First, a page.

Categorically? What does she mean by that? It is not excluded like the evidence in Skipper, where the entire category of post-crime behavior was excluded on the ground it was not a mitigating factor. It is not excluded like the evidence in Green, where a category defined by a rule of evidence is excluded without regard to how probative or how reliable the particular evidence before the court may be. This is just the opposite of those cases — a tailored ruling about this particular evidence in the context of this particular case. How is that “categorical”? Ms. Anders doesn’t say.

And the probative value of the prior murders?

That would have had a profound effect on Dzhokhar, who was already enthralled to his brother and therefore would have felt intense pressure to follow Tamerlan’s chosen path and to accept extremist violence as justified, and Tamerlan’s prior experience carrying out violent jihad made him more likely to have led the bombings.

So defendant was “already enthralled” with big brother, and the defense has no difficulty establishing that. And he already would have felt “intense pressure.” But the prior crime somehow made this more likely? That is a stretch, to put it mildly.

Ms. Anders pounces on Mr. Feigin’s unnecessary acknowledgement that the evidence should have come in if the defense could establish that the defendant knew about it, leaving out the additional requirement that the evidence would have to be strong, which the Government says it isn’t.

She claims legal error in the district court’s statement that the evidence has no probative value at all, even though the ruling would have been the same if the court had said it has minimal probative value.

Justice Alito asks, “Can a trial judge at the penalty phase of a capital trial ever exclude mitigating evidence that meets the very low standard of relevance on the ground that it is highly unreliable?” Ms. Anders concedes that is possible but asserts an Eighth Amendment limitation on excluding evidence that is both relevant and reliable. She concedes that the trial judge “absolutely” can “make a determination of reliability.” But she contends that only “minimal indicia of reliability” are needed. That is, minimal reliability alone is sufficient to trump all rules of evidence that otherwise exclude minimally probative evidence in the penalty phase of a capital case.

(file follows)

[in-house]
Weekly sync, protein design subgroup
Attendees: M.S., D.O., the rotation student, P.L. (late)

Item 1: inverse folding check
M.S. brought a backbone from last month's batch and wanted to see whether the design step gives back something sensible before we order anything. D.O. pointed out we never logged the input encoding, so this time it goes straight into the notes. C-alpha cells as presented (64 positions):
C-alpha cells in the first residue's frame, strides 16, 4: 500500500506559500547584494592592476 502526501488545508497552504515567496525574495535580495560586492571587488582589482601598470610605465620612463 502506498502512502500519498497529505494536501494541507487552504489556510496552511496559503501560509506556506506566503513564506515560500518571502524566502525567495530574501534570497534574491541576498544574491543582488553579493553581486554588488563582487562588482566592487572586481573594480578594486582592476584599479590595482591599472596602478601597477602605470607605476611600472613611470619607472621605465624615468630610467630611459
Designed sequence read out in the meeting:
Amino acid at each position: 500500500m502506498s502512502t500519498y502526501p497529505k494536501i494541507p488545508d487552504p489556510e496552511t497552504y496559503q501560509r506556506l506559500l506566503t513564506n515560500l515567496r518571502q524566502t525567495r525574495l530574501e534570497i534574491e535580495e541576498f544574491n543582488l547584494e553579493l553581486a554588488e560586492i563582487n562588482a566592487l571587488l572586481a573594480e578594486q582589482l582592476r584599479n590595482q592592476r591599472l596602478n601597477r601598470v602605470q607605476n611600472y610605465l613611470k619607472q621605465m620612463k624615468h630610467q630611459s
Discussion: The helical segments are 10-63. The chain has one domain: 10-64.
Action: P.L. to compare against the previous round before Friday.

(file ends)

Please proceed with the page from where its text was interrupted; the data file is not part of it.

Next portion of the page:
Whoa. Where does she get that? Not from any Supreme Court opinion. She says the lower courts have ruled that. Which lower courts? In her brief she cites only the Fifth and Eighth Circuits. What does the rest of the country have to say? What about state supreme courts? In California, as noted above, the full Evidence Code continues to apply, subject to the Chambers/Green rule.

Justice Alito asks about a mini-trial on this unrelated crime, and Ms. Anders replies that unadjudicated crimes evidence often comes in against the defendant in capital penalty trial. Yes, but she is comparing apples and oranges. Prior crimes by the defendant, related or not, are highly relevant in the penalty determination. They are statutory aggravating circumstances in most jurisdictions. There is nearly universal agreement that repeat offenders deserve stronger punishment than first-timers. With such powerful probative value, a mini-trial may be in order. But in this case, an unrelated crime by the deceased co-perpetrator has far less value. And that is exactly the weighing the statute directs.